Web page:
How companies assess your financial risk based only on your email address

Is she who she really says she is?
Is she who she really says she is?
Image: AP Photo/Andy Wong
We may earn a commission from links on this page.

An email address can reveal more about a person than one might think. Last week, a startup called Emailage raised $3.8 million in a series A round to build out its technology for determining risk based solely on email addresses.

In the last year, Emailage flagged more than 2 million transactions as risky based on analyzing shoppers’ email addresses, which the company says saved its 200 clients about $150 million in fraud globally. The company’s algorithm takes into account hundreds of elements for risk analysis, assigning email addresses a risk score from 0 (least risky) to 1000 (most risky). In cases of high risk, Emailage recommends merchants manually review flagged transactions.

Though the company didn’t reveal all of its secret sauce, CEO Rei Carvalho walked us through some of hundreds of factors it uses in its analysis:

  • Email domain: “The analysis of the email domain can be very powerful, as it allows the understanding of the existing controls around the creation of an email address,” Carvalho tells Quartz. In general, corporate email addresses pose less risk when it comes to online fraud versus email services open to the public, such as Yahoo or Gmail.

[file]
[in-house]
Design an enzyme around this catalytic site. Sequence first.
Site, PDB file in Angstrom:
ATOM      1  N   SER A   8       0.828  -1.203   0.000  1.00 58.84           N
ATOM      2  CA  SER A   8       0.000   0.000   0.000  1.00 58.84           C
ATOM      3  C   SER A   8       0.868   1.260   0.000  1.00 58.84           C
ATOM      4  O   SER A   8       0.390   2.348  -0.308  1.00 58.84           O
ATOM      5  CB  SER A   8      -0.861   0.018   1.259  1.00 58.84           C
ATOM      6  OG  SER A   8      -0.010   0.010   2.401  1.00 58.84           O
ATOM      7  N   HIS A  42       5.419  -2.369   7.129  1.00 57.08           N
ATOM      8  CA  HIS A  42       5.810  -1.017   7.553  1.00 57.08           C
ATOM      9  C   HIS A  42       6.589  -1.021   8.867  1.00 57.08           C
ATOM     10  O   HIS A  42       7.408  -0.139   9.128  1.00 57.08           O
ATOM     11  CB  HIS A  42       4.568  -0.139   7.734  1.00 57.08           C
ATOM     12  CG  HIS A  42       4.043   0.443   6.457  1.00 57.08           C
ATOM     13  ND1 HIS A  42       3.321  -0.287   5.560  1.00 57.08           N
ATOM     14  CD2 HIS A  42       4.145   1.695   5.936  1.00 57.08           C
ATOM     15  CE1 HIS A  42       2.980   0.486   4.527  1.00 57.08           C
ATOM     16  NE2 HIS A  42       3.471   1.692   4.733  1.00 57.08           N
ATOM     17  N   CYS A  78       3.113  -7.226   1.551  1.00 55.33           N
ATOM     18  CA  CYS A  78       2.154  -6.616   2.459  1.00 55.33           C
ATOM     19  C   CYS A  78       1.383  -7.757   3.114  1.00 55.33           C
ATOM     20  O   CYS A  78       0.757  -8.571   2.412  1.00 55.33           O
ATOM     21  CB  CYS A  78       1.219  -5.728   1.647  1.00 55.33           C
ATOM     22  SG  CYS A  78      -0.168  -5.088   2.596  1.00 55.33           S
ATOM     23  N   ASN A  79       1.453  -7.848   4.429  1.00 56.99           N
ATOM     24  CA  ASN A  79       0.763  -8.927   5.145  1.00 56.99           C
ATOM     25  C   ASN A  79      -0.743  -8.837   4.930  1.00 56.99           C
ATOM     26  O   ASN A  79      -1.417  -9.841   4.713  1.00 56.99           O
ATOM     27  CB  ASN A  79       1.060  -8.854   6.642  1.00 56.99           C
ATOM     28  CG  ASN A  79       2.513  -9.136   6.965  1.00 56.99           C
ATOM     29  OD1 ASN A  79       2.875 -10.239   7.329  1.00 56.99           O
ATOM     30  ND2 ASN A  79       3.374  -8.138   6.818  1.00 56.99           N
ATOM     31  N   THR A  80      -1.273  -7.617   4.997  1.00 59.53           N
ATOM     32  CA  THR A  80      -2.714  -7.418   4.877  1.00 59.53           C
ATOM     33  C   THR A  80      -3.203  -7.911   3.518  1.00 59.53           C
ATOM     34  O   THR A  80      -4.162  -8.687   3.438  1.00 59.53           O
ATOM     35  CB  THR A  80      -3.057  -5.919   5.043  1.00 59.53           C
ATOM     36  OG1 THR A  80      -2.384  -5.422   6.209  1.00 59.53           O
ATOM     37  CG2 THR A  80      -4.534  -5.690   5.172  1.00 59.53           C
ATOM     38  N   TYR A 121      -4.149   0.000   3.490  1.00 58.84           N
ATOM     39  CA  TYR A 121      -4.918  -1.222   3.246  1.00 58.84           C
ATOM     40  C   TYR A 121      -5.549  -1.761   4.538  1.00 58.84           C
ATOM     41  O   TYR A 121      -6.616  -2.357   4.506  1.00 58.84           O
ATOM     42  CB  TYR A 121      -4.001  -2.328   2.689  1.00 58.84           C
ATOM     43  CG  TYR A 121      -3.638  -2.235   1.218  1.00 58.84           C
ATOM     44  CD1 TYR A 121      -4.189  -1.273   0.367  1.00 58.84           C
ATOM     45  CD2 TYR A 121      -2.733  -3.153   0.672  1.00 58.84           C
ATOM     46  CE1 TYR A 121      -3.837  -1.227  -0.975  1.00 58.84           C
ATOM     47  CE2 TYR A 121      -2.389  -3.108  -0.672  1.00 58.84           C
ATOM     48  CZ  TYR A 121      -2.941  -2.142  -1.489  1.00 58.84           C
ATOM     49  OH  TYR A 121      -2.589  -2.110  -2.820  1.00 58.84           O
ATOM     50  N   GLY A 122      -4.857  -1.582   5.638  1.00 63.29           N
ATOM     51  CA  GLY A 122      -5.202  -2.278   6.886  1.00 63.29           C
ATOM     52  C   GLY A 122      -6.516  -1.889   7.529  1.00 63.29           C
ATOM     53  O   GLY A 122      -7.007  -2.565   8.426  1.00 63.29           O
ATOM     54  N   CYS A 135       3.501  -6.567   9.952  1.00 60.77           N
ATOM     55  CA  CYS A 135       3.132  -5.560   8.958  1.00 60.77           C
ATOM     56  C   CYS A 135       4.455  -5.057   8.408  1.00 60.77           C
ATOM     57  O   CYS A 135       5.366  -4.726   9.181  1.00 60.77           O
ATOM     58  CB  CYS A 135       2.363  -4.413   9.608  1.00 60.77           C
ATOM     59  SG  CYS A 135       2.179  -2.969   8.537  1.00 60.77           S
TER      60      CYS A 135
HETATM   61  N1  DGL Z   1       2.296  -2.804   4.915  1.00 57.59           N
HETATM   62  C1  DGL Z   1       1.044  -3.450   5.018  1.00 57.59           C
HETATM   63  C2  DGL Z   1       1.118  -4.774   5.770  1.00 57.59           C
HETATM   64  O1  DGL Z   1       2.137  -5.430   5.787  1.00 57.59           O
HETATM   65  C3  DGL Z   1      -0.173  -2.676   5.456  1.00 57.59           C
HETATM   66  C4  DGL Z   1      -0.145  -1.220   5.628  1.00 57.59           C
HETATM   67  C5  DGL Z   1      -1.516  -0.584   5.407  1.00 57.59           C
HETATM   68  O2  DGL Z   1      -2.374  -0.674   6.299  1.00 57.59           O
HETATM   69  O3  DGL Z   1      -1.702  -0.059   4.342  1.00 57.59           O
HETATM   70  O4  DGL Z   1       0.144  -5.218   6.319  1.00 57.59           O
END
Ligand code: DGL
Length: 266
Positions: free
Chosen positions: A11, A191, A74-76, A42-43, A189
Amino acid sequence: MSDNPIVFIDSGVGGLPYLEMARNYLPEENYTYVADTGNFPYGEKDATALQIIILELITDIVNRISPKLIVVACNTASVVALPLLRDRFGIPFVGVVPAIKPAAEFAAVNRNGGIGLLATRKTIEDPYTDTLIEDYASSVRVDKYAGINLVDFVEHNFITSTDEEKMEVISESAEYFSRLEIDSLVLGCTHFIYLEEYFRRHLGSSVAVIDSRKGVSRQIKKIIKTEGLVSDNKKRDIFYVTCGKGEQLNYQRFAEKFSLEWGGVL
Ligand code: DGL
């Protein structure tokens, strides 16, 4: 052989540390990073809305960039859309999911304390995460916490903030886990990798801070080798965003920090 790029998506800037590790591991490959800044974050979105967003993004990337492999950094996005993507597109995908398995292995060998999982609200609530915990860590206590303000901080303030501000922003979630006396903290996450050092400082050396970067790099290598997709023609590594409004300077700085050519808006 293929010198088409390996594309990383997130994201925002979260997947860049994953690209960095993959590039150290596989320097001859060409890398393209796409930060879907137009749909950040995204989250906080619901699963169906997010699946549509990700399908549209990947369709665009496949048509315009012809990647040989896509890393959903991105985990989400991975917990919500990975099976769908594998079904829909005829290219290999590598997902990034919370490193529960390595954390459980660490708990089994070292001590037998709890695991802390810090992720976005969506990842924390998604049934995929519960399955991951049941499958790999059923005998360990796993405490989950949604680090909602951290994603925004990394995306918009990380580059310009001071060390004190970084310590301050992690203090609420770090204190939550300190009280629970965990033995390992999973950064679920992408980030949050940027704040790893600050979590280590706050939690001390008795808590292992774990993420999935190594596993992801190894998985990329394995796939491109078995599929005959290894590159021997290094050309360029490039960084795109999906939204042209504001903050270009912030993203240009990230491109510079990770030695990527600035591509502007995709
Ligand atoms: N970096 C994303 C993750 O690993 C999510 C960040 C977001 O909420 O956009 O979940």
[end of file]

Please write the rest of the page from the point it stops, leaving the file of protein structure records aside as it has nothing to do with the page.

• Age of email address: Emailage can obtain information about the age of some email addresses. An email address created around the time an order was placed is another red flag for merchants.
  • Numeric patterns: Patterns in email handles, such as the numbers in John12345, can also be a possible sign of fraud.
  • Logic patterns: More sophisticated fraudsters use technology to automatically generate email addresses. “The act of creating these addresses often reveals patterns of logic used to create them,” says Carvalho. “We can detect these patterns and identify other email addresses associated with the same fraud ring before fraud happens.”
  • Email tumbling: Some email addresses, such as those from Gmail, still work when users add special characters, such as a period or plus sign, to the handle. People sometimes use this workaround to create multiple accounts with one email address.